Having passed this fervent scene, we find that, having this armour on us, if a quickened condition of soul be not maintained in communion, the armour will be cumbrous, "Praying always … and for me, that utterance may be given unto me, that I may open my mouth boldly, to make known the mystery of the gospel, for which I am an ambassador in bonds." Did you ever hear of such a thing as the ambassador of one nation being put in bonds by the nation to which he was sent? Why, God has fared worse in this world than any nation in it would; and pray, what message did this ambassador bring? A message of boundless grace. And that is the way He has been treated. The law of nations would not allow it for an instant. Yet that is the way God for eighteen hundred years, in the Person of His servants and witnesses, has consented to be treated.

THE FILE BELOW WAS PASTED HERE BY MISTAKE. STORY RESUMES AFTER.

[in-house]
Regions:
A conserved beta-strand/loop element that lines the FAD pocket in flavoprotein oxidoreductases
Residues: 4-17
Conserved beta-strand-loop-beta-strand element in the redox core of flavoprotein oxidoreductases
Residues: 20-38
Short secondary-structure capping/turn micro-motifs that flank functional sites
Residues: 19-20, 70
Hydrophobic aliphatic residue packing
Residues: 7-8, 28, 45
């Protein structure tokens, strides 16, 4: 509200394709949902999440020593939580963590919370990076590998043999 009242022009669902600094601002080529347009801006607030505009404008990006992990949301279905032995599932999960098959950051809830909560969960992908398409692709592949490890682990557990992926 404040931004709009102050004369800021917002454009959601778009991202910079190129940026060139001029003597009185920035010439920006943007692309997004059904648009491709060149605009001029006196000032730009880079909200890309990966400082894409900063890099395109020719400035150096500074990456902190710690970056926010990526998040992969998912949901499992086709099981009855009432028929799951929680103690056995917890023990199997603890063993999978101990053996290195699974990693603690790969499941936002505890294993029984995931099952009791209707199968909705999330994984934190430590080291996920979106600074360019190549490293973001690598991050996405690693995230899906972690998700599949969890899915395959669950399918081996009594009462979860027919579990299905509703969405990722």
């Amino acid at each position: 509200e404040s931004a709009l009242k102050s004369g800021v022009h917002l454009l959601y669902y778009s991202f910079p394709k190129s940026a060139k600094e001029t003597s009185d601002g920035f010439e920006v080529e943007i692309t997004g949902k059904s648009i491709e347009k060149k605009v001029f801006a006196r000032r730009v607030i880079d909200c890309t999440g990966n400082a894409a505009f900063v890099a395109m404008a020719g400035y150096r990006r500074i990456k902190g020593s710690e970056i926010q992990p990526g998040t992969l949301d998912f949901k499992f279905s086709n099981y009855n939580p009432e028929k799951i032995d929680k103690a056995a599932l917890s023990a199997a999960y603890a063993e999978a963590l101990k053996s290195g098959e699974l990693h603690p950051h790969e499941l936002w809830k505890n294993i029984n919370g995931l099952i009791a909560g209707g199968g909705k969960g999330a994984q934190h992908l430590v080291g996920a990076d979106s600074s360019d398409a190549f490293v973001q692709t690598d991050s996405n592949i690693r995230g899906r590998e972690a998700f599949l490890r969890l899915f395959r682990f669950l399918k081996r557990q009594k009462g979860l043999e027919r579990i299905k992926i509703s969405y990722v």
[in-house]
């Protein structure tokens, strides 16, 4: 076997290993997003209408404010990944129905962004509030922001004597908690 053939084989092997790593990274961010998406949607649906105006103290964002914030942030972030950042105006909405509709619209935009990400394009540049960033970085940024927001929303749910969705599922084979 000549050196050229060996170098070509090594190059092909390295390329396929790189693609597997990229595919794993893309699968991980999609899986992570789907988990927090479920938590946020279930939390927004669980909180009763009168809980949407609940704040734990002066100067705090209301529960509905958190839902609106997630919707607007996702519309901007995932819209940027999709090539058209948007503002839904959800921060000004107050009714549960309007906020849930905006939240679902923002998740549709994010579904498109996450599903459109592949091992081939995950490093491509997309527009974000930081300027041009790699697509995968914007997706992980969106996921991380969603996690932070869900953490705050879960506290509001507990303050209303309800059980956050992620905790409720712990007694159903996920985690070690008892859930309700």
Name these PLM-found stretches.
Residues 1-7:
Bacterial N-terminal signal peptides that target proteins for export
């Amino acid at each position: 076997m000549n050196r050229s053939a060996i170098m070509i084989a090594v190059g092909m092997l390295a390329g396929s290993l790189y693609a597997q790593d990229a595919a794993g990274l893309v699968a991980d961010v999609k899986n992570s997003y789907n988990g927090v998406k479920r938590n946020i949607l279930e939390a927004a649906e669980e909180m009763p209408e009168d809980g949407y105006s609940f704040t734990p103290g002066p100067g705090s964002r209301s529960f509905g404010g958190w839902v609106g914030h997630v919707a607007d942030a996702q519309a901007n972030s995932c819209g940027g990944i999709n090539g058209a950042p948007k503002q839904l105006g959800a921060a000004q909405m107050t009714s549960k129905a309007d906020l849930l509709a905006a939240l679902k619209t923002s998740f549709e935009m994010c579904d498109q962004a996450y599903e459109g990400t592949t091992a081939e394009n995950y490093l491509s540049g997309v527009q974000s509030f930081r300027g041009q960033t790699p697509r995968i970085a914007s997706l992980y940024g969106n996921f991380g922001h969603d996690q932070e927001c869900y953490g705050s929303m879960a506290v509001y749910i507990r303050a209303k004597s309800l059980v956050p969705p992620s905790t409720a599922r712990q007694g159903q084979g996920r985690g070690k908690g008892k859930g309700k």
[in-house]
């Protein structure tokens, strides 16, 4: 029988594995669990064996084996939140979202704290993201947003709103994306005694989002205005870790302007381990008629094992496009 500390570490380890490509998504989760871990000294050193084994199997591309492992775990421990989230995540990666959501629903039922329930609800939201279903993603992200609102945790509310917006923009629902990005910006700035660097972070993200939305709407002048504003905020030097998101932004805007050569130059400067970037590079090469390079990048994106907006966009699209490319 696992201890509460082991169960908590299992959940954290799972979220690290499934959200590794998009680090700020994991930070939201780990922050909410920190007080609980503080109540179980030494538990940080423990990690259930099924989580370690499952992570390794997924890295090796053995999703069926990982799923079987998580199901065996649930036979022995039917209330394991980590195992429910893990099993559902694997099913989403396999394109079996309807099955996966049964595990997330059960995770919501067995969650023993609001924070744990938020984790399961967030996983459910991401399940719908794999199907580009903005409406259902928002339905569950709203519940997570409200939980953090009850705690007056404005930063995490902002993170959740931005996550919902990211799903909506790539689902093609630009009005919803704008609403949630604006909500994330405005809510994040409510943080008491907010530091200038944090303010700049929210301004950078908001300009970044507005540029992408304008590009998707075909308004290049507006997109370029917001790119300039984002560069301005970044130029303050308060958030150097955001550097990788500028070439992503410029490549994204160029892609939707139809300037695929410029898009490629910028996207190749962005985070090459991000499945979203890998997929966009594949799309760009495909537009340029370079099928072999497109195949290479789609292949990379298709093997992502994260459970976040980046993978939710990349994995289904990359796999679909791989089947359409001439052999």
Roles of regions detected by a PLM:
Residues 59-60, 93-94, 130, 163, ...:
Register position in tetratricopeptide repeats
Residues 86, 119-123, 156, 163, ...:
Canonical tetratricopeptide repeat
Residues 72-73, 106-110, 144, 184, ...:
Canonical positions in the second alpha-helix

Then he tells them that he sends Tychicus, "That he might comfort your hearts." Oh, if we could be in that way! — in prison, yet able to comfort others. As dear Saunders, a clergyman in the Bishop of London's coal-hole, sent to his wife, "Be merry, dear wife, be merry; we're all merry here. We weep with Him now, but we shall laugh with Him for ever." That is equal to Paul, sending from a prison in Rome a cheering word to his brethren at Ephesus. What cannot the Spirit of God work?
The Lord grant that we may be taught by the doctrine, instructed in morals, and put in something of strength for the battle by this closing scene. AMEN.